22.08.2023 / Zürich Openair

Robbie Williams

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Zürich Openair
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The September 2022 release of the album XXV marks the fact – remarkable, improbable, indisputable – that it is now over twenty-five years since Robbie Williams tumbled out of the boy band Take That into a solo career that no one, not even him, could yet quite imagine. What has happened since then…well, part of the story can be told through the swagger of sales and statistics: over 85 million albums sold around the world; thirteen UK number one albums (the most for any solo artist, equalled only by Elvis Presley); fourteen number one singles; the most concert tickets sold in a day (1.6 million on November 19, 2005); the record-breaking three nights at Knebworth to 375,000 people in 2003; the parallel grand successes of his swing albums and of a reconvened Take That (upon release in 2010, the Progress album became the fastest selling album of the twenty-first century, and the subsequent tour was the biggest-selling British tour ever); an unprecedented and unmatched 18 Brit awards; the Christmas album, the X-Factor judging, the Royal Shakespeare Company musical The Boy In The Dress, Soccer Aid, numerous collaborations in music, art, radio, books, fashion, TV and film, and on and on and on…

But that’s only a small part of the whole wild journey, one on which XXV offers a fresh and illuminating perspective. Here are songs from across these twenty-five years – the oldest, “Angels”, emerging from only his second writing session with Guy Chambers at Chambers’ North London flat; the newest, “Lost”, emerging unexpectedly out of the ether one evening in Wiltshire last November. Aside from the most recent of them, these are songs that are now being revisited. Or, as Robbie might more precisely phrase it, “re-worked, re-imagined, and re-loved.”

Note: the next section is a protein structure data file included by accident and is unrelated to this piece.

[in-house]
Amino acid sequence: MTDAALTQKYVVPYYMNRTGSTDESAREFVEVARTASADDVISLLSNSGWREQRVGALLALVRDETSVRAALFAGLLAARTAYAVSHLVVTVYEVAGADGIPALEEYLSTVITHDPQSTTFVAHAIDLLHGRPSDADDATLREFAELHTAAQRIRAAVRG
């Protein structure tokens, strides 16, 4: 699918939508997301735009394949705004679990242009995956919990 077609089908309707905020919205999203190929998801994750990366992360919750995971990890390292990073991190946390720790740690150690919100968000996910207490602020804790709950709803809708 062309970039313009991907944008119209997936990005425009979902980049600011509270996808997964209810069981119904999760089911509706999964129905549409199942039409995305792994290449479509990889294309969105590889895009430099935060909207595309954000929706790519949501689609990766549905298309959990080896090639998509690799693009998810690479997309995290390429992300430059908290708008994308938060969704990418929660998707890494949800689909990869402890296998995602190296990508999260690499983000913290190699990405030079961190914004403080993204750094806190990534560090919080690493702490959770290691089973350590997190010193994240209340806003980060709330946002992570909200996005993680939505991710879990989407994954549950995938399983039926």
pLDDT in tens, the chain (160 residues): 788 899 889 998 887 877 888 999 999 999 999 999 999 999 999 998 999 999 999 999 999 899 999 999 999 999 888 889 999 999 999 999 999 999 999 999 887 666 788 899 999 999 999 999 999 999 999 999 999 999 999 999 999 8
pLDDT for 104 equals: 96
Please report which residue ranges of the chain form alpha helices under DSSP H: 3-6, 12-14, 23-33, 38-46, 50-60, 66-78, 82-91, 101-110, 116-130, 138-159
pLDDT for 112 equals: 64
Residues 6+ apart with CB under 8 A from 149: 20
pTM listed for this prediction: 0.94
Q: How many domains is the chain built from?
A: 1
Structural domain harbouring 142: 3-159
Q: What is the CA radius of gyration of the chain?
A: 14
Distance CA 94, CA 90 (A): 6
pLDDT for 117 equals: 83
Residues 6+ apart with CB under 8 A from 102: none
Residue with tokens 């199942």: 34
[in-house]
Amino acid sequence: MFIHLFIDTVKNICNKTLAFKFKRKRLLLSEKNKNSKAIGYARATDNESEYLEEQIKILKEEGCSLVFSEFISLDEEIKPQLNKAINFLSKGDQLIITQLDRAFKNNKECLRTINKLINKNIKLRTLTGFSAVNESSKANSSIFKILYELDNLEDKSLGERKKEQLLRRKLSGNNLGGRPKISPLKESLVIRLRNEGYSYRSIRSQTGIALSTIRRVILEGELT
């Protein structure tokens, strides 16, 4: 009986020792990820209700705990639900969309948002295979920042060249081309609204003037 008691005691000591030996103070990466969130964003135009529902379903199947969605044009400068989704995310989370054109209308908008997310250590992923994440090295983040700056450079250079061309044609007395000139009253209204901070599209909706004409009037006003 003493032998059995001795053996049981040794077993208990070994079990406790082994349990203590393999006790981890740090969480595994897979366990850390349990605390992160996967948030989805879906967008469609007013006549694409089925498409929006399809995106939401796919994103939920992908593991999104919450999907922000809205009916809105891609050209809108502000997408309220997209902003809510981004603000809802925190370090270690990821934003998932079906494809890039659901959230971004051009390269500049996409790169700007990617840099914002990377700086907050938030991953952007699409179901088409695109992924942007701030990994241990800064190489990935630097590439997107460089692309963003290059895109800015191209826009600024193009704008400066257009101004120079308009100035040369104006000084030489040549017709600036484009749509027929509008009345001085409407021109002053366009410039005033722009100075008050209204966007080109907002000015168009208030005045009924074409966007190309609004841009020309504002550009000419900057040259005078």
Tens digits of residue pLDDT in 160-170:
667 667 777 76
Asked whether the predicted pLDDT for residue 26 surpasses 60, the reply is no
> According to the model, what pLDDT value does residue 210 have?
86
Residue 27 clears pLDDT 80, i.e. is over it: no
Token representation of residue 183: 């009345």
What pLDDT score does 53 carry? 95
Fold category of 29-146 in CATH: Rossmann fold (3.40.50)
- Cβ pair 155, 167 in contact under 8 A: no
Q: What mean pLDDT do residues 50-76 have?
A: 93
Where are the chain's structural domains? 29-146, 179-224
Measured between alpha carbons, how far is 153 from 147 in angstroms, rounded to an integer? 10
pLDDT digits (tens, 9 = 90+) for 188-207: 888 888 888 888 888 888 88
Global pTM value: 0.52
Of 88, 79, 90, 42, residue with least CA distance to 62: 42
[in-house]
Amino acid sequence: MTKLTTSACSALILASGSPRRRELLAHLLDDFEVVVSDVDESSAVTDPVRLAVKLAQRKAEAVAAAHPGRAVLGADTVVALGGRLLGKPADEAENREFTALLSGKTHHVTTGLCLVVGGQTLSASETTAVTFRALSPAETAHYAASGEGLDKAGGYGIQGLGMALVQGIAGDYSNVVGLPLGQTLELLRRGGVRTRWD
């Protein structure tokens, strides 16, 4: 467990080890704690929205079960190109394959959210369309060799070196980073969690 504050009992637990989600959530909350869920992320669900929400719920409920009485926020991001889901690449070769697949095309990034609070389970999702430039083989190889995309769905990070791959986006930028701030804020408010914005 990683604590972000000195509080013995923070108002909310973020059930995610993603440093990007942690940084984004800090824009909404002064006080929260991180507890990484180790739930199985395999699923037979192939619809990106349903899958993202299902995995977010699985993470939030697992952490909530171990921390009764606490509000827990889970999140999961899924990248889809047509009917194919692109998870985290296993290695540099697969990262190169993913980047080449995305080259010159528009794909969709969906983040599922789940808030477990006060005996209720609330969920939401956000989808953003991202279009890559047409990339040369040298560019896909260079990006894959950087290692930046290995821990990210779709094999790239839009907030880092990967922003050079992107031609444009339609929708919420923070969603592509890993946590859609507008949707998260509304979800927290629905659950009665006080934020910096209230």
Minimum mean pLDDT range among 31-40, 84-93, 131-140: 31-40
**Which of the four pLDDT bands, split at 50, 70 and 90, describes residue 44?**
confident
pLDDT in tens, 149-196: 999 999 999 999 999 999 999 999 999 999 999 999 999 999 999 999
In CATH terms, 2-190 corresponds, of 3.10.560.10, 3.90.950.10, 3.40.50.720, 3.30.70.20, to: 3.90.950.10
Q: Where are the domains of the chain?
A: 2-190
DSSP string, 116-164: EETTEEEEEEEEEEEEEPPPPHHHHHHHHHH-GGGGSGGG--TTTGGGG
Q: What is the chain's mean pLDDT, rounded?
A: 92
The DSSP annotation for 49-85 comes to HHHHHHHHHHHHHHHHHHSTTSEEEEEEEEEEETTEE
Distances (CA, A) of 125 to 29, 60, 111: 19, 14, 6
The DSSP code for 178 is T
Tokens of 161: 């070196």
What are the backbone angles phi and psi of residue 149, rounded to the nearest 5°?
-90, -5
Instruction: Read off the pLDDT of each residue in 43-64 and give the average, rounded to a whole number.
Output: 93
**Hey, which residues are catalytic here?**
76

And, after the triumphant Homecoming show in Stoke in June 2022, he has a bundle of pent-up energy brimming over, ready to play all the shows un-played and sing all the songs un-sung in the pandemic years, beginning with the XXV tour in October. “This is my lot for life,” he says, “and I've got no plans to stop it anytime soon. I love my job, what I've been given and the opportunities that I have to create. And I’m still very ambitious”

Presumably it would make sense were there, in another twenty-five years, an album - or whatever equivalent the future allows - called L. “I hope there'll be a record called L,” Robbie concurs. “If I'm still knocking about, I think I could make it to then. But whatever I do from now till L is out, it has to be interesting and fun and different.” As ever, there is a glint in his eye. “I already have a few thoughts up my sleeve,’ he promises, “how to make that happen.”

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